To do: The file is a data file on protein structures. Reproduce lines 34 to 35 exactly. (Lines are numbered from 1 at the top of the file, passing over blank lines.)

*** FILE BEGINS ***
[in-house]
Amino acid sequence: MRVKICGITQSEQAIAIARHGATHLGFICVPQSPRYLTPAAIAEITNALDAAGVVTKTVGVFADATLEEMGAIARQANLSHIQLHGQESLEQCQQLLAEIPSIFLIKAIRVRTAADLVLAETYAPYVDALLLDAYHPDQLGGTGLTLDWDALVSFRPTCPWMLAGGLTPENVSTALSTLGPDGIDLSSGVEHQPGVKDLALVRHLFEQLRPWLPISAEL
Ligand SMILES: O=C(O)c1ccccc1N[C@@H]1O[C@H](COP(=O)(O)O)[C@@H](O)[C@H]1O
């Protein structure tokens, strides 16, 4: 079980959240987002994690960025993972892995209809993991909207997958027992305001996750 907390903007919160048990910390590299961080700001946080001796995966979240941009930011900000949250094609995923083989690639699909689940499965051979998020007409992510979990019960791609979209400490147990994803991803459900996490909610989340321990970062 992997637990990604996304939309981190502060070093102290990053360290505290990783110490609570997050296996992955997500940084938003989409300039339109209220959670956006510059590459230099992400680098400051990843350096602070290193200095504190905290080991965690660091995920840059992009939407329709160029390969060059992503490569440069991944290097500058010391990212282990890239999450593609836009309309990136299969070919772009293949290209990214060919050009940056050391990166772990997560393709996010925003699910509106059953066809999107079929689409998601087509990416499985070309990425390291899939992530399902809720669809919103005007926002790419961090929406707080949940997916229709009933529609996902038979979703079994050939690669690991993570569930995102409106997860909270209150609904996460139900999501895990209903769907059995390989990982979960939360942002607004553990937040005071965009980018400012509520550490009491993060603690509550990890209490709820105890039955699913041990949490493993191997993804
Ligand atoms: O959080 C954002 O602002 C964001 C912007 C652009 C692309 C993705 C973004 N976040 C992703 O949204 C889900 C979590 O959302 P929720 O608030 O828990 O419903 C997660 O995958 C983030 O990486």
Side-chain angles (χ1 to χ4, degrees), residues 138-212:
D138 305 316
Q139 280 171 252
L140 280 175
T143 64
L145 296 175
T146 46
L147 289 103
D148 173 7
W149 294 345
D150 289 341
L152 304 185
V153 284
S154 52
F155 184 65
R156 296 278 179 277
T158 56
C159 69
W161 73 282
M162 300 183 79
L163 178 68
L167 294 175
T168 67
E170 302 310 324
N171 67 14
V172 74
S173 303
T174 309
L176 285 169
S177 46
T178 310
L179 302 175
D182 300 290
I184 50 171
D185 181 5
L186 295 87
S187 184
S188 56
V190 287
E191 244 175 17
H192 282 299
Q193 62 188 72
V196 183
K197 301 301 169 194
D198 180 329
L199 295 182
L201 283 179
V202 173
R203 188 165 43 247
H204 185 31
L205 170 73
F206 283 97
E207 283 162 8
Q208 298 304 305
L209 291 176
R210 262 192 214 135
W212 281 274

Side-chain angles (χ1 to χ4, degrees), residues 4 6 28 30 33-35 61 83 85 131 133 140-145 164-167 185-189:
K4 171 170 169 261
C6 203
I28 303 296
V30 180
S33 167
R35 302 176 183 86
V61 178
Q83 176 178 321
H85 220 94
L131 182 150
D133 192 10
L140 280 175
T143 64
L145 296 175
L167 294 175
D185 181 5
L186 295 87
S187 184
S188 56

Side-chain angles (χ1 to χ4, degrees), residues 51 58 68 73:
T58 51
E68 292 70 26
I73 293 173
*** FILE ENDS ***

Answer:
L176 285 169
S177 46